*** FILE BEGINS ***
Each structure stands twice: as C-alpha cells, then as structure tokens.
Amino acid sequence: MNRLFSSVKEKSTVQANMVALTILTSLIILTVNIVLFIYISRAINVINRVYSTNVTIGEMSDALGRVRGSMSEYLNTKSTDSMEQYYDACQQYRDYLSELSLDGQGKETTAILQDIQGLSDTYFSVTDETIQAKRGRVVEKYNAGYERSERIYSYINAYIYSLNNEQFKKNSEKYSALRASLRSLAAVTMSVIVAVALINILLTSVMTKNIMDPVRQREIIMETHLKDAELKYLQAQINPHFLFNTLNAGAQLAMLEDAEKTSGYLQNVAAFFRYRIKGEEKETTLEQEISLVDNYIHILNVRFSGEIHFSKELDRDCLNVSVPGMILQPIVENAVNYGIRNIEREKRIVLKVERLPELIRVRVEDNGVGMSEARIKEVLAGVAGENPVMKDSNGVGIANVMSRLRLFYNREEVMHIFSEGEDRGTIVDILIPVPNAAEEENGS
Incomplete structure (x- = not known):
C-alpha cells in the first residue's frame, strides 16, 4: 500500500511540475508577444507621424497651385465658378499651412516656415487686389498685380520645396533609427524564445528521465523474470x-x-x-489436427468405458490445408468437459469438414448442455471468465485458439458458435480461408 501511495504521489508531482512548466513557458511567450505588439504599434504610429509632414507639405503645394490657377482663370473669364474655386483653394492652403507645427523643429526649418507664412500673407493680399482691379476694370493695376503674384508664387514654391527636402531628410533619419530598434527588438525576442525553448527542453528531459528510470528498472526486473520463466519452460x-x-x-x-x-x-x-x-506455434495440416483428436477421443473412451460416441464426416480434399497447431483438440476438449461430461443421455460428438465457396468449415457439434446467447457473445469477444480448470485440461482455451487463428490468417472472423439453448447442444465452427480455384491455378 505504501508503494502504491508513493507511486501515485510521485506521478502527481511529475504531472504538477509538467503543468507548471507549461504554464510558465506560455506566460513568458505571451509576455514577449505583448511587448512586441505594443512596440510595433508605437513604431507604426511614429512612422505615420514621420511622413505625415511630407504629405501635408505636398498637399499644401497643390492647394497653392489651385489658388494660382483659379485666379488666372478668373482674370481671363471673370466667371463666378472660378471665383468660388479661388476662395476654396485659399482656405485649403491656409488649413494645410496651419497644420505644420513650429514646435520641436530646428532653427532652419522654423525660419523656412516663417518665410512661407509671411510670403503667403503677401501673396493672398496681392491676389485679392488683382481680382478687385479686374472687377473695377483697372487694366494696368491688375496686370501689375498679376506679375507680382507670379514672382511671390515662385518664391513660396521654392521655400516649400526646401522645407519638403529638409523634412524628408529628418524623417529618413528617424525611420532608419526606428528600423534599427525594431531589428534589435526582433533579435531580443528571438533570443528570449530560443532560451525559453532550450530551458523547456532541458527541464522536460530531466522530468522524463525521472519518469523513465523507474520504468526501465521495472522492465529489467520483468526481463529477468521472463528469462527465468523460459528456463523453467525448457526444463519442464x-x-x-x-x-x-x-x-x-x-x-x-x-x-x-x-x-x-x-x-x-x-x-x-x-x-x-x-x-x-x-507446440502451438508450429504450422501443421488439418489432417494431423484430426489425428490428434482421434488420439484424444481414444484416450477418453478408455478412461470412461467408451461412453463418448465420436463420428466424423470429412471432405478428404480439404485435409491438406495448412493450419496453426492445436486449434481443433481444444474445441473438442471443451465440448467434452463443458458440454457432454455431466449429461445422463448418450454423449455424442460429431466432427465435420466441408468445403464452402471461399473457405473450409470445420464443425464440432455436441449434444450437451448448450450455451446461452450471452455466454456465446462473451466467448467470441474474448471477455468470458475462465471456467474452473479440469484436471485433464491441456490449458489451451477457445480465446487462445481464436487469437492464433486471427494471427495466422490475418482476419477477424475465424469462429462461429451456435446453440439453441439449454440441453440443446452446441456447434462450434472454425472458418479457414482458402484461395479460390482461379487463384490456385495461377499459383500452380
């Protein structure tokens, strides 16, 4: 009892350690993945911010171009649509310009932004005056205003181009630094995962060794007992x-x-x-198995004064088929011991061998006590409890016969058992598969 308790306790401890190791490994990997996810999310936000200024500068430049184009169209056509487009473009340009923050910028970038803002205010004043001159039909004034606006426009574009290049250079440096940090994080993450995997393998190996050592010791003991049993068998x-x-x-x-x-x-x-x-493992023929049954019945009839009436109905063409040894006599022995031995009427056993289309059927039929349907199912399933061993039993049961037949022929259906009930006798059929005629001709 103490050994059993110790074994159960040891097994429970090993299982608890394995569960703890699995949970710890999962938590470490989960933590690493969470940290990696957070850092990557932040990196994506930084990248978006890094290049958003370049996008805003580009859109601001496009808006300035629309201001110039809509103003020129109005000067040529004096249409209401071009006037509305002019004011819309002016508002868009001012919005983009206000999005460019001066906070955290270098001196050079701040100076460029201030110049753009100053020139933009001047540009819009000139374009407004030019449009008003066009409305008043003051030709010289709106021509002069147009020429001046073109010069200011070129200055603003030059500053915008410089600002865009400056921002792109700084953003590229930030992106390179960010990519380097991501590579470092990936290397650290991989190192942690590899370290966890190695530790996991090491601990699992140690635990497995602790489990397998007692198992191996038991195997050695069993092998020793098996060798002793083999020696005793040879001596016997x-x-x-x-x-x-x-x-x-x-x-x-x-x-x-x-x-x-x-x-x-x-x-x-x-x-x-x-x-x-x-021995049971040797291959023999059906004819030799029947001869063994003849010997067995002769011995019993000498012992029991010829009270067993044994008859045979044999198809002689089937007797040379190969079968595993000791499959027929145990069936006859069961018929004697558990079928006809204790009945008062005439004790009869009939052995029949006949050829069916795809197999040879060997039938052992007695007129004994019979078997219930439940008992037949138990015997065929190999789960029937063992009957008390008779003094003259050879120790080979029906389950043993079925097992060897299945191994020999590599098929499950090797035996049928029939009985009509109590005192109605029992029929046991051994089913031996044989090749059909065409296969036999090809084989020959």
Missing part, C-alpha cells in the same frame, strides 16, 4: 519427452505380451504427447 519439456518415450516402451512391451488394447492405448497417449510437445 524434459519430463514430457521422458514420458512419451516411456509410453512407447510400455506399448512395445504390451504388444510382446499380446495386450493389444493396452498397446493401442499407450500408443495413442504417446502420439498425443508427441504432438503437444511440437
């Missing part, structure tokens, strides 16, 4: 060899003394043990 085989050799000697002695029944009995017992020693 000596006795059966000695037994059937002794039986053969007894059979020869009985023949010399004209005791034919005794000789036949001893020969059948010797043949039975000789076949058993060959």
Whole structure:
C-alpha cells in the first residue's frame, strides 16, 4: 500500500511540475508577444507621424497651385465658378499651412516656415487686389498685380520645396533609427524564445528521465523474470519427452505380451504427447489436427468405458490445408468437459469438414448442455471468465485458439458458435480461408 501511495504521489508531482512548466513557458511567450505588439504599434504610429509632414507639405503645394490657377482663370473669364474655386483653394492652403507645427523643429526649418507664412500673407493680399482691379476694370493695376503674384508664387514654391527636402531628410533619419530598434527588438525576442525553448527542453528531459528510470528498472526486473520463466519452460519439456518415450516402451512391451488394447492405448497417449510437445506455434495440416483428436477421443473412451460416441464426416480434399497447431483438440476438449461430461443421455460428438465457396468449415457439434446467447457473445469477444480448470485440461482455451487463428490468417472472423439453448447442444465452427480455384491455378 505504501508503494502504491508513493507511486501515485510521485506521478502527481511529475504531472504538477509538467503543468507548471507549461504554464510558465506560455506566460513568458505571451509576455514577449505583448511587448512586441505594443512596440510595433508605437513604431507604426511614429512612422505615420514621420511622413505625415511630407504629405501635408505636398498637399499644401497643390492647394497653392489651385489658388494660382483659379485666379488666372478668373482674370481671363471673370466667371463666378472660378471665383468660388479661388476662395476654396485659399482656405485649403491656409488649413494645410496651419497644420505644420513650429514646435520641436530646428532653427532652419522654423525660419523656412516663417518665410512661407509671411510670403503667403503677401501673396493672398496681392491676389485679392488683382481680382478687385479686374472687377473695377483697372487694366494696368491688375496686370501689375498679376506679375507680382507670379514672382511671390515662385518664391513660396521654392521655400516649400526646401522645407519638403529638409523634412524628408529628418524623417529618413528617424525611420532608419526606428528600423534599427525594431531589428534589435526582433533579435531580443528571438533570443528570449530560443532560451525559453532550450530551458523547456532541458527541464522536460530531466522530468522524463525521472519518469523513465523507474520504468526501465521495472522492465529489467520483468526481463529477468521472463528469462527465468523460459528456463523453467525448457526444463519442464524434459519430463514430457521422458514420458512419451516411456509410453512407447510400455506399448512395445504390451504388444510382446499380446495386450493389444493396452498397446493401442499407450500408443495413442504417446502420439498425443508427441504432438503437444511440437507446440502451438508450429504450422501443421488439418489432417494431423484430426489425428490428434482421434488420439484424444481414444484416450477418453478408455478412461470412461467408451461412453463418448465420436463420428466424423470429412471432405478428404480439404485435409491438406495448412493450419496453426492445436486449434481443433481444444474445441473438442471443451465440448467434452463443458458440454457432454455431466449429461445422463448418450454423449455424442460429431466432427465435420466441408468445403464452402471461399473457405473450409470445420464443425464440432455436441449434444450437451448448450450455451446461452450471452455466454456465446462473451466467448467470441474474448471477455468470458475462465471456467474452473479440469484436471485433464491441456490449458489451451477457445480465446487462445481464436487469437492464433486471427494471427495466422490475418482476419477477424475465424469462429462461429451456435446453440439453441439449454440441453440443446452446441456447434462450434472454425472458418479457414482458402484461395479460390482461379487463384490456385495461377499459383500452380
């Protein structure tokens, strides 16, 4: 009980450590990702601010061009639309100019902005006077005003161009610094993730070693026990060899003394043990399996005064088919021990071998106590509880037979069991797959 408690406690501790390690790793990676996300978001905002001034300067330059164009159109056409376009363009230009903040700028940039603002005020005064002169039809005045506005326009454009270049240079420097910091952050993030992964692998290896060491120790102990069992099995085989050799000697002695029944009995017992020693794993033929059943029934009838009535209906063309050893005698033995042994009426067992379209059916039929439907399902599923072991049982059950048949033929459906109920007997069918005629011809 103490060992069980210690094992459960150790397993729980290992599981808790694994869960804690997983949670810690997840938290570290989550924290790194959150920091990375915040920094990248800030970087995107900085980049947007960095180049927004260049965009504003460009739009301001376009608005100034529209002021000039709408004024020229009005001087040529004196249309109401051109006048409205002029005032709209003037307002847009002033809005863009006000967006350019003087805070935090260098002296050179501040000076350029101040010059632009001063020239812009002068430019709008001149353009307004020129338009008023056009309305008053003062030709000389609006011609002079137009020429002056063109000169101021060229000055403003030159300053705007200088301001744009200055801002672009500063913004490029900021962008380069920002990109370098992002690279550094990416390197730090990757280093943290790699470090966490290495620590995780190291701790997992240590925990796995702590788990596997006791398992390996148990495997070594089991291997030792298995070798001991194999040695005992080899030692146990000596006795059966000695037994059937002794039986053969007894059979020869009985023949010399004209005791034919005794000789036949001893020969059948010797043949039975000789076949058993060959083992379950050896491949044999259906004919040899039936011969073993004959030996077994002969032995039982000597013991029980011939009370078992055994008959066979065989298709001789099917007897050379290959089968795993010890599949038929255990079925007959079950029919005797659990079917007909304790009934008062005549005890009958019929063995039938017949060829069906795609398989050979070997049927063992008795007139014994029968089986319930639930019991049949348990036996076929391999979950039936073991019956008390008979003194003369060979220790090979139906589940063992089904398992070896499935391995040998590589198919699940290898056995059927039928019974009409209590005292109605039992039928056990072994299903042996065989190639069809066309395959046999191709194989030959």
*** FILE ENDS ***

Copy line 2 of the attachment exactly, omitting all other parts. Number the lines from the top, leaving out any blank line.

Amino acid sequence: MNRLFSSVKEKSTVQANMVALTILTSLIILTVNIVLFIYISRAINVINRVYSTNVTIGEMSDALGRVRGSMSEYLNTKSTDSMEQYYDACQQYRDYLSELSLDGQGKETTAILQDIQGLSDTYFSVTDETIQAKRGRVVEKYNAGYERSERIYSYINAYIYSLNNEQFKKNSEKYSALRASLRSLAAVTMSVIVAVALINILLTSVMTKNIMDPVRQREIIMETHLKDAELKYLQAQINPHFLFNTLNAGAQLAMLEDAEKTSGYLQNVAAFFRYRIKGEEKETTLEQEISLVDNYIHILNVRFSGEIHFSKELDRDCLNVSVPGMILQPIVENAVNYGIRNIEREKRIVLKVERLPELIRVRVEDNGVGMSEARIKEVLAGVAGENPVMKDSNGVGIANVMSRLRLFYNREEVMHIFSEGEDRGTIVDILIPVPNAAEEENGS